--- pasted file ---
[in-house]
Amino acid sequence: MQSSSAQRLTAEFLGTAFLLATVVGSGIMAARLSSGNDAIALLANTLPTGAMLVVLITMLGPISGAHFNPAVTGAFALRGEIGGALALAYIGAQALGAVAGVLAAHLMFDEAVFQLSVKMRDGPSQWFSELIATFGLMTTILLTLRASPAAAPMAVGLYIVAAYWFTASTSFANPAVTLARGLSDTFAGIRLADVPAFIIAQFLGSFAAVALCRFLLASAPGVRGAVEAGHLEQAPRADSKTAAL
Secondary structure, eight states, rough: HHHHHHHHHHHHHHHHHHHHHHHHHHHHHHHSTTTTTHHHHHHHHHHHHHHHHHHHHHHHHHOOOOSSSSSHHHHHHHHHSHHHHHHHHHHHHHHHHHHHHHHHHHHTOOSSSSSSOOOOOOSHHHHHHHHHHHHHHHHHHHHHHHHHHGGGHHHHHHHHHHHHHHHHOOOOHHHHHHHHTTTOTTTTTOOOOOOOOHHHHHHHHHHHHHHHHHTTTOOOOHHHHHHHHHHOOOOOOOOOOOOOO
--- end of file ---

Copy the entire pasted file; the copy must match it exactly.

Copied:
[in-house]
Amino acid sequence: MQSSSAQRLTAEFLGTAFLLATVVGSGIMAARLSSGNDAIALLANTLPTGAMLVVLITMLGPISGAHFNPAVTGAFALRGEIGGALALAYIGAQALGAVAGVLAAHLMFDEAVFQLSVKMRDGPSQWFSELIATFGLMTTILLTLRASPAAAPMAVGLYIVAAYWFTASTSFANPAVTLARGLSDTFAGIRLADVPAFIIAQFLGSFAAVALCRFLLASAPGVRGAVEAGHLEQAPRADSKTAAL
Secondary structure, eight states, rough: HHHHHHHHHHHHHHHHHHHHHHHHHHHHHHHSTTTTTHHHHHHHHHHHHHHHHHHHHHHHHHOOOOSSSSSHHHHHHHHHSHHHHHHHHHHHHHHHHHHHHHHHHHHTOOSSSSSSOOOOOOSHHHHHHHHHHHHHHHHHHHHHHHHHHGGGHHHHHHHHHHHHHHHHOOOOHHHHHHHHTTTOTTTTTOOOOOOOOHHHHHHHHHHHHHHHHHTTTOOOOHHHHHHHHHHOOOOOOOOOOOOOO